If you don’t have a tool for measuring rpm, then drop to your lowest gear and find a cadence that’s fast but not uncomfortably so.  Gradually add in resistance as above.  You should keep the pedal strokes quick and you should try to avoid a tension level where you really feel the pedals pushing back.  Get to a pace where your breathing is slightly elevated but where you could hold a conversation without obviously panting.

If you’re not used to this sort of training, you’ll find upper caps on how long you can do this.  The goal is to reach a point where you could practically do it indefinitely.  Also, try to do this fairly often.  Three times a week seems to work well for many people, particularly if they’re doing other activities on top of that.  I generally make sure I have an hour in the saddle five days out of the week, either through my commute or through the gym.  It may take a while for you to really get the persistence to go for long periods of time, but this is the single most important aspect of your training.

But I’m not going fast.

Yes, but for AIDS/Lifecycle, you need to go all day, regardless of how fast you go.  You’re still early in the training, too.  Don’t look at your speed.  Look at your cadence.

What is this achieving?

A number of things.  First off, there’s some pretty good science to show that 90-110 rpm is an optimal cadence for cyclists.  This is teaching you to have muscle memory for that cadence, which will be VERY handy to you in the future.  It’ll give your mind a sense for when something’s holding you back.  You’ll know your cadence is dropping before you start panting or getting sore legs.  The second thing is that this is giving you practice for the long days in the saddle ahead of you.  With time, you’ll develop your riding mentality, which will help with boredom and anxiety.  Third, this is training your body for the ride ahead of you.  Remember…you’re riding all day for seven days.  Starting now on riding as long as your schedule allows and as many days as possible is going to get your body into adapting to this as your way of life.  Finally, this is a great way to burn off excess calories in your diet.  In an hour of aerobic training, I burn 700 calories, which is 33% of the daily caloric intake for someone of my size.  This really helps resolve out the fluctuations and indulgences in my diet.

Anything else?

Yeah.  Be persistent and try to fit as much in your schedule as you and your body can, but don’t push it.  You need your recovery days to allow your body to adapt and improve.  Do not just do this every day forever.  Also, remember to stay hydrated while you’re doing your training and don’t treat time on the stationary bike as a complete replacement for real rides.  You still need to build experience.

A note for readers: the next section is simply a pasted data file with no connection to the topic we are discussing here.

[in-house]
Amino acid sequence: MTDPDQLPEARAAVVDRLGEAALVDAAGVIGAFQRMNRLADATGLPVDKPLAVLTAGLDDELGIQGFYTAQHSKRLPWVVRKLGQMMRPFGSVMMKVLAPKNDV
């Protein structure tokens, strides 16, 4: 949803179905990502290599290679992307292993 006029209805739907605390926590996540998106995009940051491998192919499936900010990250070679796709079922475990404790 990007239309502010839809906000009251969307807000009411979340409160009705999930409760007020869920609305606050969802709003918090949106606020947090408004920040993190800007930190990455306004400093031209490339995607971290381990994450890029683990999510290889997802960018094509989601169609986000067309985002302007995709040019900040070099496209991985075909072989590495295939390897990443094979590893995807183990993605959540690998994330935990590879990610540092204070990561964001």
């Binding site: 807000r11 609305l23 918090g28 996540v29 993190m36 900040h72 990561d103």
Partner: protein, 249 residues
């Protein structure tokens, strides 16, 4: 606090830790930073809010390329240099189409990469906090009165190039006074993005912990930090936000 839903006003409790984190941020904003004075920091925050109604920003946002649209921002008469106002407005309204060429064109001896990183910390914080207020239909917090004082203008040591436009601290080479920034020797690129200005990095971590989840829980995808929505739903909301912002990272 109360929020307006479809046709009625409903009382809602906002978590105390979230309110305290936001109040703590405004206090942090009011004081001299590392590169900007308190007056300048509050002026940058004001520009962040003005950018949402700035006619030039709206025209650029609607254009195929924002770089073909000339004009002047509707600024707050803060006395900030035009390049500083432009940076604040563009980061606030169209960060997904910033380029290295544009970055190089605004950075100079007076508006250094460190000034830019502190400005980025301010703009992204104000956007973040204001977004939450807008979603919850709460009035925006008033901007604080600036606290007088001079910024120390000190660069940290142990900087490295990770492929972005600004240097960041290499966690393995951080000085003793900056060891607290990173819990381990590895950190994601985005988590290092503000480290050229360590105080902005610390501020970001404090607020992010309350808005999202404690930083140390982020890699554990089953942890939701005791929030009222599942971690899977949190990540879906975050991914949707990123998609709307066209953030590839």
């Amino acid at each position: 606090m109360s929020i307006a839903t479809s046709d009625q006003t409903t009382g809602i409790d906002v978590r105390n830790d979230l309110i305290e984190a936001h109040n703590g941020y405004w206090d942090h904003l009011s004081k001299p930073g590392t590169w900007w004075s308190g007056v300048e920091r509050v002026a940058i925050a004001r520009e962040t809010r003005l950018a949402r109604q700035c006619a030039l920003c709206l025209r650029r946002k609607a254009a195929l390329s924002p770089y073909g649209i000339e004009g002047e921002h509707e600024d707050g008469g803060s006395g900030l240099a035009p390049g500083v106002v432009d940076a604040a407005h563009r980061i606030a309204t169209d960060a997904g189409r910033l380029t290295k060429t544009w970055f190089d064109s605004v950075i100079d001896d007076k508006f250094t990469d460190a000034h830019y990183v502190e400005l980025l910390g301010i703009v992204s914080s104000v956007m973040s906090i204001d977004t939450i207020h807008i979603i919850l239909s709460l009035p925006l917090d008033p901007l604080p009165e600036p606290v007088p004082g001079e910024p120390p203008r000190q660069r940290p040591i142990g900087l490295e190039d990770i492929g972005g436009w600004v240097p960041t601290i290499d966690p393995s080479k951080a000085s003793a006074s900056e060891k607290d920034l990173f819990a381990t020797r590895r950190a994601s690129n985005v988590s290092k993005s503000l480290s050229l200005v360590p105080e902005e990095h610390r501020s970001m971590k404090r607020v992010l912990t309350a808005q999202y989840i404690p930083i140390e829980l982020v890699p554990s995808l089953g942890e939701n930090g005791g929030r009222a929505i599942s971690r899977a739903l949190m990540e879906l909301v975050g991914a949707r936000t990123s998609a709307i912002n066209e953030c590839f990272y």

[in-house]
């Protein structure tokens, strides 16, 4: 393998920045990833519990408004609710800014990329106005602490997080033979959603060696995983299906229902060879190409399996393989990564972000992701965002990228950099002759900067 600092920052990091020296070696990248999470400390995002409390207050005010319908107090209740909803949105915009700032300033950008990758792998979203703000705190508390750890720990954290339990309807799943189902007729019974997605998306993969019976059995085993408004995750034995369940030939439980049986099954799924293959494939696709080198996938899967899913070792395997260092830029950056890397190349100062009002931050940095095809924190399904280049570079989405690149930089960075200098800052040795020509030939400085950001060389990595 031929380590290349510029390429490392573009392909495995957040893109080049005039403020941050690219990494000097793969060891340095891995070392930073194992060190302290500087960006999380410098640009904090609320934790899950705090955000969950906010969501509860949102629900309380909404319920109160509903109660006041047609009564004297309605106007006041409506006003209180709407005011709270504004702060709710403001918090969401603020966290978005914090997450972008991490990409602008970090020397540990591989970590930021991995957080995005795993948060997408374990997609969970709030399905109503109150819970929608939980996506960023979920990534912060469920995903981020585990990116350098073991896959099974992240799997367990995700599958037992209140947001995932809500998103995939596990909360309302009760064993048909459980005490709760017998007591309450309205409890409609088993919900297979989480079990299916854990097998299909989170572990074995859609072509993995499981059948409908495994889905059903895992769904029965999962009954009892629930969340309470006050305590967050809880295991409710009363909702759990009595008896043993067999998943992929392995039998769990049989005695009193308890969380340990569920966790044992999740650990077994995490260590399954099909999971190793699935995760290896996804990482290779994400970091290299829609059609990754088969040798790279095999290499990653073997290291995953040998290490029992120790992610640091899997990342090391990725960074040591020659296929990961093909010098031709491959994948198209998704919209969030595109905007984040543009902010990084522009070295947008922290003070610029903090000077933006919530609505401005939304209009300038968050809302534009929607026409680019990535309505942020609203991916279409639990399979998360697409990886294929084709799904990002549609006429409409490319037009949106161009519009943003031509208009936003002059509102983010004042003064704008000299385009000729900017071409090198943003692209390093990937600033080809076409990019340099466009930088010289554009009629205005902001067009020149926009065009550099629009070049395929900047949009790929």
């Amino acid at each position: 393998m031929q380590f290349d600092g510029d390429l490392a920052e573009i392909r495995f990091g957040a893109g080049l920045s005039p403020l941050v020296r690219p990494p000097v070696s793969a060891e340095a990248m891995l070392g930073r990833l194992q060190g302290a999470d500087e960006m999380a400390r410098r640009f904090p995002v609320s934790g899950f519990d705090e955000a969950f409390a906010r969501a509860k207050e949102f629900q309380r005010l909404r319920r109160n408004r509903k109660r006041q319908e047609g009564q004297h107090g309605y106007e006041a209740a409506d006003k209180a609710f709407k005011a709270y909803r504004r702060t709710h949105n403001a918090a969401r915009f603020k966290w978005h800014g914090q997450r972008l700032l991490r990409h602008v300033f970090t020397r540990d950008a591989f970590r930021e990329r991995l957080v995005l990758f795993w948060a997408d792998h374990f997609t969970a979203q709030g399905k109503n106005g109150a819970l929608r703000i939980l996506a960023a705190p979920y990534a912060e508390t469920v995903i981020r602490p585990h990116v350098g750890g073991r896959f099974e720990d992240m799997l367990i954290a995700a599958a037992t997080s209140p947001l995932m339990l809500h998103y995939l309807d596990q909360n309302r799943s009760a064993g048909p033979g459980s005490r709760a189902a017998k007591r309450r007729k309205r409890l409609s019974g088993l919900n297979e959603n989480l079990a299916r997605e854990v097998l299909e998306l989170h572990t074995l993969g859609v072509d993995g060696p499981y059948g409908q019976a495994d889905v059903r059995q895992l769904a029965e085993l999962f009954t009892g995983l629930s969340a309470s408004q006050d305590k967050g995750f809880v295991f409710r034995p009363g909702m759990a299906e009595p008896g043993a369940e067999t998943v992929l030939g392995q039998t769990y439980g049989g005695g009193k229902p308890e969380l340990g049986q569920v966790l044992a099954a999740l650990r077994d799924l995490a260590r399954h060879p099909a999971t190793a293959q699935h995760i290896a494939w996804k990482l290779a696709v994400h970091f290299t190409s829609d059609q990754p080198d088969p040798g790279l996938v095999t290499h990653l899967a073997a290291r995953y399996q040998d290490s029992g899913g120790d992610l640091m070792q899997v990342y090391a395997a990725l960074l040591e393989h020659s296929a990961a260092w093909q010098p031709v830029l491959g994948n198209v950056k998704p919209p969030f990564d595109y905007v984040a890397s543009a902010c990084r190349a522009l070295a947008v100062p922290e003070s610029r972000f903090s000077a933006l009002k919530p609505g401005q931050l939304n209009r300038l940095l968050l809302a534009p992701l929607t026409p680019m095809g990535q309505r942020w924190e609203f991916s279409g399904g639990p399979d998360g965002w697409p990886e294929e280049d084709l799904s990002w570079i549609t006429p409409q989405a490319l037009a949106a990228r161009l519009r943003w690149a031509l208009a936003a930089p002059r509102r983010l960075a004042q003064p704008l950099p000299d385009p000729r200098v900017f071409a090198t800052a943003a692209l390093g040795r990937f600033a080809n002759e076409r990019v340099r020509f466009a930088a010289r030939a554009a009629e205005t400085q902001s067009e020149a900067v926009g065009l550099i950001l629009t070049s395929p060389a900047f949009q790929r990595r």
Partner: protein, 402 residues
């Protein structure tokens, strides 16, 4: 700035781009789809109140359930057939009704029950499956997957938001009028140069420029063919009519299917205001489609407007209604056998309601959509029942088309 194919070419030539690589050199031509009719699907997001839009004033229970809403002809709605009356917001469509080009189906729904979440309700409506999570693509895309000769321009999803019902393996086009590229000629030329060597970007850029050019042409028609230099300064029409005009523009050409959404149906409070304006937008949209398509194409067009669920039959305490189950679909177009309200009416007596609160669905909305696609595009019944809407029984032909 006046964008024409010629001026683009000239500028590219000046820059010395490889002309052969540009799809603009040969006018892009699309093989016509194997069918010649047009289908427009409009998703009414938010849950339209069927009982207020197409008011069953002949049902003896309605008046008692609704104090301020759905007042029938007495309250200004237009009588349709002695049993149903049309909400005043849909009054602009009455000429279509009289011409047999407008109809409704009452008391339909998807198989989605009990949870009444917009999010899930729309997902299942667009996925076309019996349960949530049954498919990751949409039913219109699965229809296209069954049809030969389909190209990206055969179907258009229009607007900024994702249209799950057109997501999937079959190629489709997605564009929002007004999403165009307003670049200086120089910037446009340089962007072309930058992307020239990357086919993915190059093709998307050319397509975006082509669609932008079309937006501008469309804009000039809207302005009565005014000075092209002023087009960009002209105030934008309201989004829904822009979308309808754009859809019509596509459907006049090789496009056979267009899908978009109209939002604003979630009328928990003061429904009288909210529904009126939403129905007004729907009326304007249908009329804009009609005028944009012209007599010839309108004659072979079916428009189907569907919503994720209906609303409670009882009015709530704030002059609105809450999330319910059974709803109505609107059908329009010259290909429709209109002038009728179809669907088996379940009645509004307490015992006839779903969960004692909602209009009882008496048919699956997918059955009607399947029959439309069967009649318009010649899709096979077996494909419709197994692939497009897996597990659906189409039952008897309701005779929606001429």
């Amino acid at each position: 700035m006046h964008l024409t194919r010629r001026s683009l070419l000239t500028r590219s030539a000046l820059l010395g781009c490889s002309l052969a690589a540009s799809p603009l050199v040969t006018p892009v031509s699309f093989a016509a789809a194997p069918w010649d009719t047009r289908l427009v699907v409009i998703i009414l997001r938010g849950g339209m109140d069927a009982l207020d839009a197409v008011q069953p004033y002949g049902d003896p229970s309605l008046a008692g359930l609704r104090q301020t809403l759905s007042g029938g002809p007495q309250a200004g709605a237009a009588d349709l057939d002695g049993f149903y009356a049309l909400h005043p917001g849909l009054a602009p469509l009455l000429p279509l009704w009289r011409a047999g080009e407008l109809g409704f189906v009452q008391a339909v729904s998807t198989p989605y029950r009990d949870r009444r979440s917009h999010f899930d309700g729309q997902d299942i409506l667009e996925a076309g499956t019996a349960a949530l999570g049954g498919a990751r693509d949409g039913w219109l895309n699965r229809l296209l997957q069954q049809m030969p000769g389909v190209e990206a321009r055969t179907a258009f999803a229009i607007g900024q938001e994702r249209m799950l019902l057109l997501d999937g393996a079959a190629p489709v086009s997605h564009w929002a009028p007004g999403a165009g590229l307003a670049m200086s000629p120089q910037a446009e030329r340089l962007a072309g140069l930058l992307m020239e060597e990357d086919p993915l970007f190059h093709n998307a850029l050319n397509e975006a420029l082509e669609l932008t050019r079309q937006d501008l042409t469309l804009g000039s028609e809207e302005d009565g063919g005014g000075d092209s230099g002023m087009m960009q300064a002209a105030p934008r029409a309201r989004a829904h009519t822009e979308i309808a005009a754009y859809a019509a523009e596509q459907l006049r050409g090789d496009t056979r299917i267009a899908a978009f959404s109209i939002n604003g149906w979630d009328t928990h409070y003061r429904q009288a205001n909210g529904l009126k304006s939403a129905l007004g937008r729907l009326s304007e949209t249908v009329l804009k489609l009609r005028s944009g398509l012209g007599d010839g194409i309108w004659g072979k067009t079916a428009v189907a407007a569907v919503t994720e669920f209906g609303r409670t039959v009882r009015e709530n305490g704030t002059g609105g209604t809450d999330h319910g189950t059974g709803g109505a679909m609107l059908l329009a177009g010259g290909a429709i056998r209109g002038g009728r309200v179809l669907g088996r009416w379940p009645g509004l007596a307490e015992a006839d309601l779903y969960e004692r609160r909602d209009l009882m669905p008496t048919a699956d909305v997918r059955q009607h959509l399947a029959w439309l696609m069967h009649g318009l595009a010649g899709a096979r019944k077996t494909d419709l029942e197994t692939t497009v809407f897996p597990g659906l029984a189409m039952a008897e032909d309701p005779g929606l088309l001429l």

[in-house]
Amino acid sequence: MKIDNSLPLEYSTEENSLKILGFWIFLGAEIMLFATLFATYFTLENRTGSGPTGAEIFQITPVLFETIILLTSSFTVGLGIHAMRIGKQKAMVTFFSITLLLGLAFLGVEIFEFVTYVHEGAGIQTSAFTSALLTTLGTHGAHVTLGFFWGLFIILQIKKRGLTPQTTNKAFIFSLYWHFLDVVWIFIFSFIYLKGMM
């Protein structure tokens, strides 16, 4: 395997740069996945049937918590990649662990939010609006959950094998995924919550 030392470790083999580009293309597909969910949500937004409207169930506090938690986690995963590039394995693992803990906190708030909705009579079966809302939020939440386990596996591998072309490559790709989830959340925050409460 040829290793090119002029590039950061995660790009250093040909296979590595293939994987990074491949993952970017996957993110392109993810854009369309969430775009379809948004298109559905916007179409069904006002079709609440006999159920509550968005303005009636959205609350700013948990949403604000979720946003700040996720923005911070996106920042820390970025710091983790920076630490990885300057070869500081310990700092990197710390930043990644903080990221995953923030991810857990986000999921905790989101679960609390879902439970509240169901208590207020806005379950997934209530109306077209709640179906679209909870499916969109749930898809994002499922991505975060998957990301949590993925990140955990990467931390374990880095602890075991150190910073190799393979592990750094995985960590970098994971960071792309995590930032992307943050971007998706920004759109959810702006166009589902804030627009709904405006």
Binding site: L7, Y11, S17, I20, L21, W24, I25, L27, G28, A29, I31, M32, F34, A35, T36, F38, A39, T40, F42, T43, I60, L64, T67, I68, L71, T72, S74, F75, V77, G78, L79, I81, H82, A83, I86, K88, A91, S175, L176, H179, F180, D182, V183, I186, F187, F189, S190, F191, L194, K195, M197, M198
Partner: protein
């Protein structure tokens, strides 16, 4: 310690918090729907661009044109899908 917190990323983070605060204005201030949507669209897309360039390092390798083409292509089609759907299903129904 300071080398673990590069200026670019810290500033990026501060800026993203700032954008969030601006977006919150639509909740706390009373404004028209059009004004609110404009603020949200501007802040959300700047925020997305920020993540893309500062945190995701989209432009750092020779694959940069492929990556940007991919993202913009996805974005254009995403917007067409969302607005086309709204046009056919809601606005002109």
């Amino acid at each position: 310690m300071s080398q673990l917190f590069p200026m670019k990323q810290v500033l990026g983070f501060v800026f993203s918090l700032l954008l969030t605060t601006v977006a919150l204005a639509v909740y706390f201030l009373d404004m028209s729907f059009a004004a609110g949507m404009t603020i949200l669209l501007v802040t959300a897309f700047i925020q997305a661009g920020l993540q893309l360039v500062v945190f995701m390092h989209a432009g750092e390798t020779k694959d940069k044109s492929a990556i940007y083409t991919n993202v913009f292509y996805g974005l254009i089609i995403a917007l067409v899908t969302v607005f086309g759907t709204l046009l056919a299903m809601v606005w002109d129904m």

AIDS/LifeCycle Advice, Part 2: Start Training

Continuing on in my series of thoughts on AIDS/LifeCycle (ALC), training for it, riding in it, raising funds for it, etc, I’m going to talk about the topic that comes up most frequently in conversation, and that’s training.  In all honesty, I think that training is a common conversation to have because the distance of the ride seems so large.  It seems so improbable that you can actually finish a 500+ mile tour without putting yourself through a very serious training regimen.  As I mention in my previous post in this series, try to remember that the mileage is over a week and that cycling is the most energy-efficient method of transportation available.  Those distances look far, but once you start your training and get some rides under your belt, it’ll become clear that the training isn’t going to kill you and neither is ALC.  Since I love tilting at straw men, I’m going to again present my thoughts and advice as responses to statements I’ve heard or am likely to be asked.

I just signed up as a rider.  I have to start training.  What do I do?

First off, congratulations on signing up.  You’re in for the adventure of a lifetime.  I really mean that.  I’d rather ride ALC than pretty much any other cycling activity I can think of.  Of course, you’re going to need to do some work to be ready for the ride, but I promise you that you can do it.  The most important thing to remember through this entire process is that ALC is a ride and not a race.  The goal of your ride is to safely finish as many miles as you possibly can.  You are not concerned with how long it takes you to do it (aside from trying to finish before the trail closes in the evening).  You are not concerned with your finish time.  You are not concerned about the other riders.  You’re concerned about you finishing the course safely.